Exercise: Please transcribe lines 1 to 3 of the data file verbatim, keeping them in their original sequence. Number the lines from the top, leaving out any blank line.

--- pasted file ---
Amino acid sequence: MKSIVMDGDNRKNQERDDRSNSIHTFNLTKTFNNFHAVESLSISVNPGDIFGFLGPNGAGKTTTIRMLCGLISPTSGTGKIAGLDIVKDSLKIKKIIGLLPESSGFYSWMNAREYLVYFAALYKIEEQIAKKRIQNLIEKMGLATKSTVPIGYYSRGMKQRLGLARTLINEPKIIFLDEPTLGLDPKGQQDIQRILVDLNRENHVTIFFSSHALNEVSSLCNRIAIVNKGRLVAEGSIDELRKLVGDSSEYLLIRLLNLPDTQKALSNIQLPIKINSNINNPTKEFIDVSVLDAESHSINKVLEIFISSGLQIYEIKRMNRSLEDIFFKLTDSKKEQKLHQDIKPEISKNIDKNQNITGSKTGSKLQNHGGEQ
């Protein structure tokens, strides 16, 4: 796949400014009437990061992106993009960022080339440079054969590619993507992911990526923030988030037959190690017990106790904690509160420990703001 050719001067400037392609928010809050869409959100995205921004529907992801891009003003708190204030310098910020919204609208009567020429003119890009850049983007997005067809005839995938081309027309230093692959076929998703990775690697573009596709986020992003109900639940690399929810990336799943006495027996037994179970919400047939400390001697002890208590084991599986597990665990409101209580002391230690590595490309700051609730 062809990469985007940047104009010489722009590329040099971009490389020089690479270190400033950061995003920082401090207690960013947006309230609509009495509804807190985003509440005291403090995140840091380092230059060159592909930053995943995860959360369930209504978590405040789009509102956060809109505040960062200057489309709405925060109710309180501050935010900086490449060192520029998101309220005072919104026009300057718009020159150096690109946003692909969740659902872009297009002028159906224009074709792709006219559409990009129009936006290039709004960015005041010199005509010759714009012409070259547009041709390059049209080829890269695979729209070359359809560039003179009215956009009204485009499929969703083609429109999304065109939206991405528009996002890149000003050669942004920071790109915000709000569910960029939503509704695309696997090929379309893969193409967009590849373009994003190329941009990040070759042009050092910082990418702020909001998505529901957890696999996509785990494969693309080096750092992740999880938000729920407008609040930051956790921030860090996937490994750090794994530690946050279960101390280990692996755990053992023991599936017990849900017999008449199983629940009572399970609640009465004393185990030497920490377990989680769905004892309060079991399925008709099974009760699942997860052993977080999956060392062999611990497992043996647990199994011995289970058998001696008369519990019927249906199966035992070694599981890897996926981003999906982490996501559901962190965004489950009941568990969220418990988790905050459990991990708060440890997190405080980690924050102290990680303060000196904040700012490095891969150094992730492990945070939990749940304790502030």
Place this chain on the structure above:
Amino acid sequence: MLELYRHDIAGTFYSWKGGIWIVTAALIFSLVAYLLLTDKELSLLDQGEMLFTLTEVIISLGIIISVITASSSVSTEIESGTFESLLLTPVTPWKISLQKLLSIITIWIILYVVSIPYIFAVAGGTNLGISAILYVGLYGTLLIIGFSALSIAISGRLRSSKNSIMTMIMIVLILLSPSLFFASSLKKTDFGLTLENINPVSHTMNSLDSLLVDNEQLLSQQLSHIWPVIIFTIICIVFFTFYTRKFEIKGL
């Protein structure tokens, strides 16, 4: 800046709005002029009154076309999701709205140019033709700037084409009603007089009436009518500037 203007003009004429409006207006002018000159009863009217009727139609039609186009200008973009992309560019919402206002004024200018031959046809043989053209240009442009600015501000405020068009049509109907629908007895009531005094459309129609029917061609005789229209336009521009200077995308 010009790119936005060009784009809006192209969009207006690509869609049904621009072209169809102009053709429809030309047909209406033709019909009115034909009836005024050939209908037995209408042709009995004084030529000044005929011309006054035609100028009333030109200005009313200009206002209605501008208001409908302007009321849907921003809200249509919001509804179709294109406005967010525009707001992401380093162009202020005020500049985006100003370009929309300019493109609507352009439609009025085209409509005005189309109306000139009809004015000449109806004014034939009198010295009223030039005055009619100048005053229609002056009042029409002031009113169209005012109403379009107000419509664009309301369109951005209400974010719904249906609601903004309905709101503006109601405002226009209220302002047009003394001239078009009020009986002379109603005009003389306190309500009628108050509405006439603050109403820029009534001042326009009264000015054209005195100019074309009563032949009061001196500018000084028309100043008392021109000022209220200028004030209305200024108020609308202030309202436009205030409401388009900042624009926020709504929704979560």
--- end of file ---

Amino acid sequence: MKSIVMDGDNRKNQERDDRSNSIHTFNLTKTFNNFHAVESLSISVNPGDIFGFLGPNGAGKTTTIRMLCGLISPTSGTGKIAGLDIVKDSLKIKKIIGLLPESSGFYSWMNAREYLVYFAALYKIEEQIAKKRIQNLIEKMGLATKSTVPIGYYSRGMKQRLGLARTLINEPKIIFLDEPTLGLDPKGQQDIQRILVDLNRENHVTIFFSSHALNEVSSLCNRIAIVNKGRLVAEGSIDELRKLVGDSSEYLLIRLLNLPDTQKALSNIQLPIKINSNINNPTKEFIDVSVLDAESHSINKVLEIFISSGLQIYEIKRMNRSLEDIFFKLTDSKKEQKLHQDIKPEISKNIDKNQNITGSKTGSKLQNHGGEQ
């Protein structure tokens, strides 16, 4: 796949400014009437990061992106993009960022080339440079054969590619993507992911990526923030988030037959190690017990106790904690509160420990703001 050719001067400037392609928010809050869409959100995205921004529907992801891009003003708190204030310098910020919204609208009567020429003119890009850049983007997005067809005839995938081309027309230093692959076929998703990775690697573009596709986020992003109900639940690399929810990336799943006495027996037994179970919400047939400390001697002890208590084991599986597990665990409101209580002391230690590595490309700051609730 062809990469985007940047104009010489722009590329040099971009490389020089690479270190400033950061995003920082401090207690960013947006309230609509009495509804807190985003509440005291403090995140840091380092230059060159592909930053995943995860959360369930209504978590405040789009509102956060809109505040960062200057489309709405925060109710309180501050935010900086490449060192520029998101309220005072919104026009300057718009020159150096690109946003692909969740659902872009297009002028159906224009074709792709006219559409990009129009936006290039709004960015005041010199005509010759714009012409070259547009041709390059049209080829890269695979729209070359359809560039003179009215956009009204485009499929969703083609429109999304065109939206991405528009996002890149000003050669942004920071790109915000709000569910960029939503509704695309696997090929379309893969193409967009590849373009994003190329941009990040070759042009050092910082990418702020909001998505529901957890696999996509785990494969693309080096750092992740999880938000729920407008609040930051956790921030860090996937490994750090794994530690946050279960101390280990692996755990053992023991599936017990849900017999008449199983629940009572399970609640009465004393185990030497920490377990989680769905004892309060079991399925008709099974009760699942997860052993977080999956060392062999611990497992043996647990199994011995289970058998001696008369519990019927249906199966035992070694599981890897996926981003999906982490996501559901962190965004489950009941568990969220418990988790905050459990991990708060440890997190405080980690924050102290990680303060000196904040700012490095891969150094992730492990945070939990749940304790502030």
Place this chain on the structure above: